Library board votes to close 4 branches, discloses other challenges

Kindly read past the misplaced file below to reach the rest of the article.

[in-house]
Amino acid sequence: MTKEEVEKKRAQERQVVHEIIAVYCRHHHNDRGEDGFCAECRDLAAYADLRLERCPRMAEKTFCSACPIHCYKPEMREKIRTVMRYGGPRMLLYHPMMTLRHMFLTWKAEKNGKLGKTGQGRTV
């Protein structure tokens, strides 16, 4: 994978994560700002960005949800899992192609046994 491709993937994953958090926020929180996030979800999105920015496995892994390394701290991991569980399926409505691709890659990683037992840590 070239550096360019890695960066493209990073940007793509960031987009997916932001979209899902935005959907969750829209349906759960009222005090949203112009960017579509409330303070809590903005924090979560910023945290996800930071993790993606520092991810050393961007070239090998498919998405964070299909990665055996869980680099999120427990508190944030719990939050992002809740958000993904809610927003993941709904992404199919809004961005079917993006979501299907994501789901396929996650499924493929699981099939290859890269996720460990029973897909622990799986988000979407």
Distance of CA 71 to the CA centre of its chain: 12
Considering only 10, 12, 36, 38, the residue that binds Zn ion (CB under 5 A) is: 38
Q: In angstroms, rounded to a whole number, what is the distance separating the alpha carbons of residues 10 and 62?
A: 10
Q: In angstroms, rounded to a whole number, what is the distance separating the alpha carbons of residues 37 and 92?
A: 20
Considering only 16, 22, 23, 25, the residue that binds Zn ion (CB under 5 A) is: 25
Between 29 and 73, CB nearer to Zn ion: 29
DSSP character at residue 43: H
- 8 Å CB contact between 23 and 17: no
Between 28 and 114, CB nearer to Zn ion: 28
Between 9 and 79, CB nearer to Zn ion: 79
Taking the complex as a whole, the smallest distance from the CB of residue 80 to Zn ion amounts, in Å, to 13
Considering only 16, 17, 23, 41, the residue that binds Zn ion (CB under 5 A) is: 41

The Charlotte Mecklenburg library board voted to close four branches to deal with county budget cuts in July. But the library system's financial challenges are worse than previously revealed. It could owe $3 million in unemployment costs. Carmel, Belmont, and the Check It Outlet in uptown Charlotte will close on June 19. Library Director Charles Brown says those three branches are located relatively close to other libraries. The Beatties Ford Road branch will close temporarily as it undergoes renovations. The library board made the decision anticipating massive county budget cuts. County Manager Harry Jones has recommended reducing the library's budget by $15 million for the fiscal year that begins July 1. That's a 45 percent cut. In March, Jones asked library officials to prepare to lose up to half their budget. The library board decided to close 16 community branches and layoff 200 employees, if that were the case for next year. But they left an important factor out of that calculation. The library system would have to pay up to $3 million in unemployment benefits. Library Director Charles Brown says he waited to release that information until the county manager made his recommendation this week. "Some of this is fairly recent data, but also we didn't want to be accused of being alarmist," says Brown. "Now that we know what the actual budget recommendation is from the county manager we feel it's an appropriate time to share the information." Library officials were accused of being alarmist after they voted in March to temporarily close 12 branches when the county made $2 million in immediate cuts. After much public outcry, the library board reversed its decision and cut hours at all branches instead. A county general manager at yesterday's board meeting said he wasn't aware the unemployment expenses weren't included in next year's budget plan that the library presented to the county. County Manager Harry Jones has said one reason he did not recommend giving more money to the libraries is because Brown and other officials weren't forthcoming with information. The $3 million wouldn't be due until fiscal year 2012. Brown says laying off 200 employees would cost the library altogether $4 million including sick and vacation payouts. Library board member Robin Branstrom says she hopes county commissioners will see that as a reason to not cut so deeply. "I think the business case in my mind is it would make a lot more sense to put that money into keeping the libraries open than putting that money into closing them down," says Branstrom. Library board members plan to make that case to county commissioners before they vote on a county budget June 15.